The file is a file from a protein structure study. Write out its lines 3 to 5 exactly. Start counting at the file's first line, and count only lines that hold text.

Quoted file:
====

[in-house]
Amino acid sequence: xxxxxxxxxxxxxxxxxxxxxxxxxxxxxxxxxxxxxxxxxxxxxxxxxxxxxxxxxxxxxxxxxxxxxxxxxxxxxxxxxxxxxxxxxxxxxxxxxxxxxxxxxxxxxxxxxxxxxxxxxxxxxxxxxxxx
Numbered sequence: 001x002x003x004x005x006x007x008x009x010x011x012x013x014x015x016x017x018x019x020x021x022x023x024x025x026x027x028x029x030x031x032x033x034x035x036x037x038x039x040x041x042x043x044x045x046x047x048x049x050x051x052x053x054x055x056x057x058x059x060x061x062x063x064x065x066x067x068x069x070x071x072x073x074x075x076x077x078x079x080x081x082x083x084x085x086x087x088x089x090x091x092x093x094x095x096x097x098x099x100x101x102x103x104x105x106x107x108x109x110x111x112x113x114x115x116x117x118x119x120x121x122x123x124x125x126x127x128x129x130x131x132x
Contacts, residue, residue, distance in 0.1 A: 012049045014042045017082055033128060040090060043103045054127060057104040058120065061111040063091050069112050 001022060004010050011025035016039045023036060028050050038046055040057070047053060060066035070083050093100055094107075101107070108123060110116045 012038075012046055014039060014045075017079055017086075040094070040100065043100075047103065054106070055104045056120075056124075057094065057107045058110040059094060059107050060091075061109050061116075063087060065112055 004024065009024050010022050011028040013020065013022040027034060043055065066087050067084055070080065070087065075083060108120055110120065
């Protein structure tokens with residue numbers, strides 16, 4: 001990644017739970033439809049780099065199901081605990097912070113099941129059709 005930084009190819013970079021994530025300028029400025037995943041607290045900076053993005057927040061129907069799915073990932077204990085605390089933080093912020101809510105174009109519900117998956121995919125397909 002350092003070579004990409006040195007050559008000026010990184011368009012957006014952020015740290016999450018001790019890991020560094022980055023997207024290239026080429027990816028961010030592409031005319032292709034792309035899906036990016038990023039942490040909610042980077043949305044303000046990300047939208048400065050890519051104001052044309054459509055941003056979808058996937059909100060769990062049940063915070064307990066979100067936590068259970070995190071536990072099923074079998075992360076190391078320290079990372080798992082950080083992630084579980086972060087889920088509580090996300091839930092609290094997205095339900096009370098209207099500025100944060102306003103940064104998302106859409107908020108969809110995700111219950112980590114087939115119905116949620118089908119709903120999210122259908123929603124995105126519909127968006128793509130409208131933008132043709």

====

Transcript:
Numbered sequence: 001x002x003x004x005x006x007x008x009x010x011x012x013x014x015x016x017x018x019x020x021x022x023x024x025x026x027x028x029x030x031x032x033x034x035x036x037x038x039x040x041x042x043x044x045x046x047x048x049x050x051x052x053x054x055x056x057x058x059x060x061x062x063x064x065x066x067x068x069x070x071x072x073x074x075x076x077x078x079x080x081x082x083x084x085x086x087x088x089x090x091x092x093x094x095x096x097x098x099x100x101x102x103x104x105x106x107x108x109x110x111x112x113x114x115x116x117x118x119x120x121x122x123x124x125x126x127x128x129x130x131x132x
Contacts, residue, residue, distance in 0.1 A: 012049045014042045017082055033128060040090060043103045054127060057104040058120065061111040063091050069112050 001022060004010050011025035016039045023036060028050050038046055040057070047053060060066035070083050093100055094107075101107070108123060110116045 012038075012046055014039060014045075017079055017086075040094070040100065043100075047103065054106070055104045056120075056124075057094065057107045058110040059094060059107050060091075061109050061116075063087060065112055 004024065009024050010022050011028040013020065013022040027034060043055065066087050067084055070080065070087065075083060108120055110120065
């Protein structure tokens with residue numbers, strides 16, 4: 001990644017739970033439809049780099065199901081605990097912070113099941129059709 005930084009190819013970079021994530025300028029400025037995943041607290045900076053993005057927040061129907069799915073990932077204990085605390089933080093912020101809510105174009109519900117998956121995919125397909 002350092003070579004990409006040195007050559008000026010990184011368009012957006014952020015740290016999450018001790019890991020560094022980055023997207024290239026080429027990816028961010030592409031005319032292709034792309035899906036990016038990023039942490040909610042980077043949305044303000046990300047939208048400065050890519051104001052044309054459509055941003056979808058996937059909100060769990062049940063915070064307990066979100067936590068259970070995190071536990072099923074079998075992360076190391078320290079990372080798992082950080083992630084579980086972060087889920088509580090996300091839930092609290094997205095339900096009370098209207099500025100944060102306003103940064104998302106859409107908020108969809110995700111219950112980590114087939115119905116949620118089908119709903120999210122259908123929603124995105126519909127968006128793509130409208131933008132043709």